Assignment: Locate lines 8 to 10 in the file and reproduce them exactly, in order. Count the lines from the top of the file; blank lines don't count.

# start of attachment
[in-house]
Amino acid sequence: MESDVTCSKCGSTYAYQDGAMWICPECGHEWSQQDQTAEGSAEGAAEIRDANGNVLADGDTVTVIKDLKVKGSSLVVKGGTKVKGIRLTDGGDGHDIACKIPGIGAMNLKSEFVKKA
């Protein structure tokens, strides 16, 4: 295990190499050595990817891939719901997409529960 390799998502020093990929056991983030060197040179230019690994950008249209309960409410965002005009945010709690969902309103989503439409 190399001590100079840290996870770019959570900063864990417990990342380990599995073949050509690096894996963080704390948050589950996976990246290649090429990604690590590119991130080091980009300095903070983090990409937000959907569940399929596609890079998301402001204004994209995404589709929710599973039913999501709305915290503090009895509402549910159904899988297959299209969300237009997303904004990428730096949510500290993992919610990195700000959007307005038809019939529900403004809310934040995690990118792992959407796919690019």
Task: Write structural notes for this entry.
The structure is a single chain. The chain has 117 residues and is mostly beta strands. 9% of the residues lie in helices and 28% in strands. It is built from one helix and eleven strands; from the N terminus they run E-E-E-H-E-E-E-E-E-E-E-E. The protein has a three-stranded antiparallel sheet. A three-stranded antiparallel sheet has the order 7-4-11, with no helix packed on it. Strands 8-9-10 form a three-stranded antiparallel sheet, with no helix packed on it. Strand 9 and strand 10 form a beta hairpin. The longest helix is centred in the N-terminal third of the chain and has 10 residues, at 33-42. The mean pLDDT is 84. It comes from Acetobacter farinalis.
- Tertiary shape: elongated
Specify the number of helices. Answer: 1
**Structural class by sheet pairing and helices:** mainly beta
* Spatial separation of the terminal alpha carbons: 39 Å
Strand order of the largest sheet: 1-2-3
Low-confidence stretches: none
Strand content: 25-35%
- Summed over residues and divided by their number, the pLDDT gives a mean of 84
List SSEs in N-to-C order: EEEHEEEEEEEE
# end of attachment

**Structural class by sheet pairing and helices:** mainly beta
* Spatial separation of the terminal alpha carbons: 39 Å
Strand order of the largest sheet: 1-2-3